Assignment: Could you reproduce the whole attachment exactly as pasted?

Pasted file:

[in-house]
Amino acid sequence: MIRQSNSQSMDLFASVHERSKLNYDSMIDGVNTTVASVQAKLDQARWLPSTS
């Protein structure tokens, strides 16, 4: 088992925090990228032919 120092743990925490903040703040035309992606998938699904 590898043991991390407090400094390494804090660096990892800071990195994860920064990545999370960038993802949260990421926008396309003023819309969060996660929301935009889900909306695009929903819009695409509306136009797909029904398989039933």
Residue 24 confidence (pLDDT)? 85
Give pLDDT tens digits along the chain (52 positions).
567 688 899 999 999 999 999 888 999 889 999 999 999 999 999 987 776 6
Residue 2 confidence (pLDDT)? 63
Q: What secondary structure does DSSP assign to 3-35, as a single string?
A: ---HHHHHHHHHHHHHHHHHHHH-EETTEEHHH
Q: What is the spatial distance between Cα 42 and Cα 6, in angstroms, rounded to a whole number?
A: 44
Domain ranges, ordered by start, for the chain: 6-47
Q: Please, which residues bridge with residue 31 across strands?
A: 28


[in-house]
Amino acid sequence: MIRQSNSQSMDLFASVHERSKLNYDSMIDGVNTTVASVQAKLDQARWLPSTS
């Protein structure tokens, strides 16, 4: 088992925090990228032919 120092743990925490903040703040035309992606998938699904 590898043991991390407090400094390494804090660096990892800071990195994860920064990545999370960038993802949260990421926008396309003023819309969060996660929301935009889900909306695009929903819009695409509306136009797909029904398989039933």
Residue 24 confidence (pLDDT)? 85
Give pLDDT tens digits along the chain (52 positions).
567 688 899 999 999 999 999 888 999 889 999 999 999 999 999 987 776 6
Residue 2 confidence (pLDDT)? 63
Q: What secondary structure does DSSP assign to 3-35, as a single string?
A: ---HHHHHHHHHHHHHHHHHHHH-EETTEEHHH
Q: What is the spatial distance between Cα 42 and Cα 6, in angstroms, rounded to a whole number?
A: 44
Domain ranges, ordered by start, for the chain: 6-47
Q: Please, which residues bridge with residue 31 across strands?
A: 28